There are some desserts where after step 1 (in this case making the crust) you think, “I’m never going to make this again – what a hassle” but then by the time you’re eating it you think “oh my goodness I will never find another dessert as good as this and cannot stop eating it” — this qualifies as exactly that. While I had cooked other wonderful recipes from David Lebovitz’s My Paris Kitchen, I had yet to tackle a dessert.
This ended up being served at a dinner party where a conversation about “what really is ‘dulce de leche'” came up, followed by a passing around of the near empty jar of the caramel like filling that party guests had no compunction about just dipping their fingers into and wiping it off clean. I used the Stonewall kitchen Dulce de Leche as it was the only one in my local grocery store, but I’ve also heard you can make it with condensed milk if you’re feeling adventurous.
6 tablespoons (3 oz./85g) salted butter, at room temperature
1/4 cup (35g) powdered sugar
1 large egg yolk
1 cup (140g) all-purpose flour
1/3 cup (35g) Dutch-process or natural unsweetened cocoa powder
1/4 teaspoon fleur de sel or other flaky sea salt
8 oz. (230g) bittersweet or semisweet chocolate, chopped
2 large eggs
1 1/4 cups (310ml) whole milk
1/2 teaspoon vanilla extract, or 1 teaspoon dark rum
1 cup (240g) dulce de leche
Flaky sea salt, for sprinkling over the tart
Whipped cream or vanilla ice cream, for serving
1. To make the crust, in the bowl of a stand mixer fitted with the paddle attachment, beat the butter and powdered sugar on low speed just until smooth.
2. Add the yolk, stopping the machine to scrape down the sides of the bowl, until it’s fully incorporated.
3. In a small bowl, whisk together the flour and coca powder. Add them to the butter mixture, mixing just until the dough comes together. It will feel very crumbly, so just keep mixing until it holds together better.
4. Form the dough into a disk, wrap in plastic, and let rest for 30 minutes at room temperature.
5. Once it’s rested, take the dough and using the heel of your hand to press the dough into a 9-inch (23cm) tart ring with a removable bottom, getting the bottom as flat as possible and pressing the dough up the sides of the pan until it reaches the rim. If it’s still crumbly, just try to spread it around as best you can and be sure to try to remove any gaps (as this is where the dulce de leche will ooze out of after you bake if you’re not careful).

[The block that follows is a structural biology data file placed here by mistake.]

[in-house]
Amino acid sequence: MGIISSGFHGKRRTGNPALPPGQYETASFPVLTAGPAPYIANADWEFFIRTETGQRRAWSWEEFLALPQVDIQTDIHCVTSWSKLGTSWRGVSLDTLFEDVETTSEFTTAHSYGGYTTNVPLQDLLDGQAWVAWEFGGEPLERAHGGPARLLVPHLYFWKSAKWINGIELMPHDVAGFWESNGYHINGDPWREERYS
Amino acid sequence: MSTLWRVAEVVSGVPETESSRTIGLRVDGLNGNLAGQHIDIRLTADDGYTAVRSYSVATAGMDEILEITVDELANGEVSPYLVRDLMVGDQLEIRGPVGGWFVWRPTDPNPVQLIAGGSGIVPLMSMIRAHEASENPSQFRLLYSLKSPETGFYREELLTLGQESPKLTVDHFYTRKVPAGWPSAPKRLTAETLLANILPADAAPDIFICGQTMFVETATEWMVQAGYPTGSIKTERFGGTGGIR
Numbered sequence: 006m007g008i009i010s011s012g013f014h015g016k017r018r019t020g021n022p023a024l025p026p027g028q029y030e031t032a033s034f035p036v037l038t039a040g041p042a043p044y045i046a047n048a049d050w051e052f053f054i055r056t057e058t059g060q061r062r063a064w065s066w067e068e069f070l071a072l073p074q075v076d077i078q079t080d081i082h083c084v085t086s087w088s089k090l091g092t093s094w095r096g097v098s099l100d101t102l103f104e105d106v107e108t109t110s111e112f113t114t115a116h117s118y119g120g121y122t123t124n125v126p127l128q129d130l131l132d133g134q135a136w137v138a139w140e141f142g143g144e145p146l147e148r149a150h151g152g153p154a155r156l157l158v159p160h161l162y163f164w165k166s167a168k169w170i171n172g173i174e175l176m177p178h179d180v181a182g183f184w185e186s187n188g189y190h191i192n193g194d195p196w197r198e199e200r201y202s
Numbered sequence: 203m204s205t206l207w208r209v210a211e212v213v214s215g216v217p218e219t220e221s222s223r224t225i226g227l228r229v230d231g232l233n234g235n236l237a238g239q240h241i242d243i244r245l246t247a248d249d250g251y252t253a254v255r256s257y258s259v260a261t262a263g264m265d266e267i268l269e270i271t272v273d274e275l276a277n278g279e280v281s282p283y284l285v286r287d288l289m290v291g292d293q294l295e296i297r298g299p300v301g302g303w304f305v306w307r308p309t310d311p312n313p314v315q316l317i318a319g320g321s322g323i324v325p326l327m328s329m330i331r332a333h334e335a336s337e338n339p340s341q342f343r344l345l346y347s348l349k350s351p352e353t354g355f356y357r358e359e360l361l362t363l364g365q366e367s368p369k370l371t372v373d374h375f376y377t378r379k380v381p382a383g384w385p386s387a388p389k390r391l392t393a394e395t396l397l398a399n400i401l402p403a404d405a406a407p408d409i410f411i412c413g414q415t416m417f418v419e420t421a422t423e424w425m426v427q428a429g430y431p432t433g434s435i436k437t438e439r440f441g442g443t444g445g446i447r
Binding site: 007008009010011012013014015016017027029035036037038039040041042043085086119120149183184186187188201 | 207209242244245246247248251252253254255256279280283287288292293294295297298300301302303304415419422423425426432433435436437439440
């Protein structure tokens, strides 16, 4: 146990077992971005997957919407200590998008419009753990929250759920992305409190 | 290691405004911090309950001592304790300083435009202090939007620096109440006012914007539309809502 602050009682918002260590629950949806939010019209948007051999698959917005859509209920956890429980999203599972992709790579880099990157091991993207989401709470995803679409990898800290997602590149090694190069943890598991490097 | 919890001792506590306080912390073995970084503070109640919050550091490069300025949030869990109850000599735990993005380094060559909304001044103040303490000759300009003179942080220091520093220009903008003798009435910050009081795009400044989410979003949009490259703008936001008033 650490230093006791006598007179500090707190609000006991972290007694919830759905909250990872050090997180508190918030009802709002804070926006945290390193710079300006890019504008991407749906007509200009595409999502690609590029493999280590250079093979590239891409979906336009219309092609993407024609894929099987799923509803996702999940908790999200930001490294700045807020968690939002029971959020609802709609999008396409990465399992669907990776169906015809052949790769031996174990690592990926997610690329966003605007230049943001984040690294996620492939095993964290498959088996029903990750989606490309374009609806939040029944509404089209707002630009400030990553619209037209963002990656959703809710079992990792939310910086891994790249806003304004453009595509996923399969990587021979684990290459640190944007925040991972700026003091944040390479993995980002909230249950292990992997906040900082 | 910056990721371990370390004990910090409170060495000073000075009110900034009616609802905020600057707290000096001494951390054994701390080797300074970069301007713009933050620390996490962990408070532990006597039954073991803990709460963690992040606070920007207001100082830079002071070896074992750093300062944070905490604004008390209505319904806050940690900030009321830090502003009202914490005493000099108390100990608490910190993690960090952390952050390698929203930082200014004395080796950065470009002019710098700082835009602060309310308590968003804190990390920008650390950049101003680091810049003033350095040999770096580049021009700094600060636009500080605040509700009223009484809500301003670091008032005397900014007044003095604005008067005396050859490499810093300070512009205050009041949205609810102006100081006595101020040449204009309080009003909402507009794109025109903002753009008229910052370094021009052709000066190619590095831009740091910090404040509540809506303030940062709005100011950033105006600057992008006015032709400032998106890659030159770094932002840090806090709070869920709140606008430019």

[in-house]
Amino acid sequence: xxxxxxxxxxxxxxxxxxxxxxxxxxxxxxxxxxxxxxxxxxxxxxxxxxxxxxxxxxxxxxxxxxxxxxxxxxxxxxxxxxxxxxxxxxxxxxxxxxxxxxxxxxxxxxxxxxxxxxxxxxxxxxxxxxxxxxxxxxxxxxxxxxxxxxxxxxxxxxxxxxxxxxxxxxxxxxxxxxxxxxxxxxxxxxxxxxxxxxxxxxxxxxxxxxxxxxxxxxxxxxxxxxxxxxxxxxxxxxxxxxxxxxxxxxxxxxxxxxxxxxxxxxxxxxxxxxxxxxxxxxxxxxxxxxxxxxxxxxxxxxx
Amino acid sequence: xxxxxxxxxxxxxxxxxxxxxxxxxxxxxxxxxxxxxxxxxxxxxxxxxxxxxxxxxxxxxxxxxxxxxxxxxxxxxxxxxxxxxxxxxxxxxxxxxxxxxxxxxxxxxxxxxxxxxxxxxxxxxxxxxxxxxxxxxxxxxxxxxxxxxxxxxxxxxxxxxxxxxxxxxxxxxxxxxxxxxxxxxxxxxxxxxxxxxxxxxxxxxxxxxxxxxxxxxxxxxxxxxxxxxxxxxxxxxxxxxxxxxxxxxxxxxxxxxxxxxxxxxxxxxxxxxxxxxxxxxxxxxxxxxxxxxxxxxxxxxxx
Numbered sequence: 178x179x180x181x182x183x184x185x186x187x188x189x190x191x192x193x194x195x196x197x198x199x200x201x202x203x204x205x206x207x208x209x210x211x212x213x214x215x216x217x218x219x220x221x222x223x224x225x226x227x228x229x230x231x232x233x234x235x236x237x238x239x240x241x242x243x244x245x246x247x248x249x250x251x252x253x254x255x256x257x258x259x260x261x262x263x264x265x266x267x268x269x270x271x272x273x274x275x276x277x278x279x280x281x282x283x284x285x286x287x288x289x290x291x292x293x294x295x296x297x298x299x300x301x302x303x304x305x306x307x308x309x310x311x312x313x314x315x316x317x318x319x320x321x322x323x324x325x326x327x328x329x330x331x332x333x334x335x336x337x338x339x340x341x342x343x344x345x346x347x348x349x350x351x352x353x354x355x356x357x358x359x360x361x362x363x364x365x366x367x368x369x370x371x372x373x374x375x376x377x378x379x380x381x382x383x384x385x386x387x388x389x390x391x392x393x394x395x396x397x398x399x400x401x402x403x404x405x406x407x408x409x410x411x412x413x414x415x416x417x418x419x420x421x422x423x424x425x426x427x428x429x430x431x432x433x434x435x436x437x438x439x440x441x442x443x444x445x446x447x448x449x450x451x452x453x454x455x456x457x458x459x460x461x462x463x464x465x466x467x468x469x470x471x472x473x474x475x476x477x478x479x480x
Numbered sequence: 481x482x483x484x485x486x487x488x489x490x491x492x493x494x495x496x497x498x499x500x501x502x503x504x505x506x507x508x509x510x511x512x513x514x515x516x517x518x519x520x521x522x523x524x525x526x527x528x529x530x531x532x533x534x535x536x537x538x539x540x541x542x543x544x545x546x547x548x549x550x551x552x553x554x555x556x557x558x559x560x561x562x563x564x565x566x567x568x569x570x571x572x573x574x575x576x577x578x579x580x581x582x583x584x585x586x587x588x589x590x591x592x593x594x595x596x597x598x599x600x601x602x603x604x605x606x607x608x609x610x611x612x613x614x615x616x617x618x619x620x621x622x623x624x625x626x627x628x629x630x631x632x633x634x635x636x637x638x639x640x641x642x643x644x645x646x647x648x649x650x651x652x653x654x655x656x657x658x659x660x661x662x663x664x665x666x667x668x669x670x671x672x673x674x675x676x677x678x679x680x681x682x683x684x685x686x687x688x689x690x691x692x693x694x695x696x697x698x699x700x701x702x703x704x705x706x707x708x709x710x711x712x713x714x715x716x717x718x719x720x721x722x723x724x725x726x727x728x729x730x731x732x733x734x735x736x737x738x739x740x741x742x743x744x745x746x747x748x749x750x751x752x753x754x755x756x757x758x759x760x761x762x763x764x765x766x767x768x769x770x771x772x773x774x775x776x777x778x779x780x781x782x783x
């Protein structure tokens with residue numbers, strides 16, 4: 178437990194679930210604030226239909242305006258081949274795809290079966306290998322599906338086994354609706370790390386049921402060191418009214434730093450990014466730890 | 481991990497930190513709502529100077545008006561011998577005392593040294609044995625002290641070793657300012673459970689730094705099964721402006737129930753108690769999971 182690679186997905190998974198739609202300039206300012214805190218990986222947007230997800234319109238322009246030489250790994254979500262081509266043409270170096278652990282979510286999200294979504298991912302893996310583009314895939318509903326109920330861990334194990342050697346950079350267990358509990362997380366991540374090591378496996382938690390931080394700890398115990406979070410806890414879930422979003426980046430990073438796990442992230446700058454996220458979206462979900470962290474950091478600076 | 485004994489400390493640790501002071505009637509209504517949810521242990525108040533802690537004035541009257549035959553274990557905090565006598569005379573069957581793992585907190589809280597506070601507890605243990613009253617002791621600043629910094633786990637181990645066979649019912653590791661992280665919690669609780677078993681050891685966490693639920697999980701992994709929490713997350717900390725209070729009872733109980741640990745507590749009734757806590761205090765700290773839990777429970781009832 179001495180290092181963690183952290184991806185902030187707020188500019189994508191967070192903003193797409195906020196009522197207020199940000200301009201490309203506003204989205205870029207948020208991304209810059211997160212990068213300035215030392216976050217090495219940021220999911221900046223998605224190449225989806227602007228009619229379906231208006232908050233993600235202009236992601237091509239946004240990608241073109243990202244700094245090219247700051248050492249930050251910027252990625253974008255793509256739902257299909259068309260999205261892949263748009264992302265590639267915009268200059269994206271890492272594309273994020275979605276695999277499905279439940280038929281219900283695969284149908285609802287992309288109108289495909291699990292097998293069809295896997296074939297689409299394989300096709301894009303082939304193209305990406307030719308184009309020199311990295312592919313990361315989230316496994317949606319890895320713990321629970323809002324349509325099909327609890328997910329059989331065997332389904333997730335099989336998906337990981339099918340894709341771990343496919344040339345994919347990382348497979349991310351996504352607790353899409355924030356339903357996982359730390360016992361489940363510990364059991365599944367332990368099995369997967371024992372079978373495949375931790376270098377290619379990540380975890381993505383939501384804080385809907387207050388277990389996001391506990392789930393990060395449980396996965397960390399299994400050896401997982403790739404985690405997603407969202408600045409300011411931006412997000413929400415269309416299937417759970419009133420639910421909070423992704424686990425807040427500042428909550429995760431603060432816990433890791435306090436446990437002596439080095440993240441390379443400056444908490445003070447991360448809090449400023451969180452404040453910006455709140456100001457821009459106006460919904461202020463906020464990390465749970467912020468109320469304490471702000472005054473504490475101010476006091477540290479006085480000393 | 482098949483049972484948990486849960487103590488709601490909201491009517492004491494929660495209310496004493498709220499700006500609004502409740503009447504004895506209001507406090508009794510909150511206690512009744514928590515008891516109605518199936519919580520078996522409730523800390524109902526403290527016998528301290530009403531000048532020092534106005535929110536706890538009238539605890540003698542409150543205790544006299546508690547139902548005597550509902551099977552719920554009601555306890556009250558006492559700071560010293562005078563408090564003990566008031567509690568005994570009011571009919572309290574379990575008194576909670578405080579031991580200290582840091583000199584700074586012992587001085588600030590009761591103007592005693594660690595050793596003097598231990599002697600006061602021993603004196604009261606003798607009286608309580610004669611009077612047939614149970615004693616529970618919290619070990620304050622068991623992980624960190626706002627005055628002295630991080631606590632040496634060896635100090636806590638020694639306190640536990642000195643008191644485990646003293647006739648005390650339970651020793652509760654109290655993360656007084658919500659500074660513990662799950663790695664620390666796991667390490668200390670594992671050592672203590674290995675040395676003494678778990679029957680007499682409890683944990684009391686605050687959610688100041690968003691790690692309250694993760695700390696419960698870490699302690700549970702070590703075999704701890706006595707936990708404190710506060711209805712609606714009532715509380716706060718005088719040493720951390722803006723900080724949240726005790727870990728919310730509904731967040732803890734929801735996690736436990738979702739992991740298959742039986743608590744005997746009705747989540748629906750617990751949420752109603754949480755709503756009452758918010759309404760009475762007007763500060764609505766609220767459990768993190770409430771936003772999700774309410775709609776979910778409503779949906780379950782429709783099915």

6. Sprinkle the salt over the bottom of the dough and press it into the pastry. Put the pan in the freezer for 30 minutes.
7. Preheat the oven to 400°F (200°C). Line the chilled tart crust with aluminum foil and cover with a layer of pie weights or dried beans. Bake the tart shell for 15 minutes, remove the foil and pie weights, and then bake for 5 minutes more, until the tart shell feels set. Remove from the oven and decrease the oven temperature to 300°F (150°C).
8. While the tart is baking, make the chocolate filling. Melt the chocolate in a clean, dry bowl set over a pan of simmering water. Once melted, remove the bowl from the heat and set a fine-mesh strainer over the top.
9. Whisk the eggs in a bowl. Heat the milk in a saucepan, then gradually whisk the warm milk into the eggs. Scrape the mixture back into the saucepan and cook over medium heat, stirring constantly with a heatproof spatula, until it’s steamy and thickens slightly, about 3 minutes. (If it separates a bit, remove it from the heat, and whisk it vigorously to bring it back together.) Pour the custard through the strainer into the chocolate. Add the vanilla and stir until smooth.
10. Spread the dulce de leche over the hot tart shell in an even layer, being careful as you spread to make sure you don’t break the flaky bottom of the tart. (If the dulce de leche is very thick, let it sit in the tart shell for a minute or so to let the heat soften it, which will make it easier to spread.) Set the filled tart shell on a baking sheet lined with aluminum foil, then pour the chocolate custard over the dulce de leche, smooth the top, and add a generous sprinkling of flaky sea salt.
11. Place the tart on top of a baking sheet (just in case the dulce de leche leaks) and bake the tart for 20 minutes, and then turn off the heat and leave the tart in the oven with the door closed to glide to a finish, 25 minutes more.
12. Remove from the oven and let cool before serving. Serve the tart with softly whipped cream, vanilla ice cream, or just as is.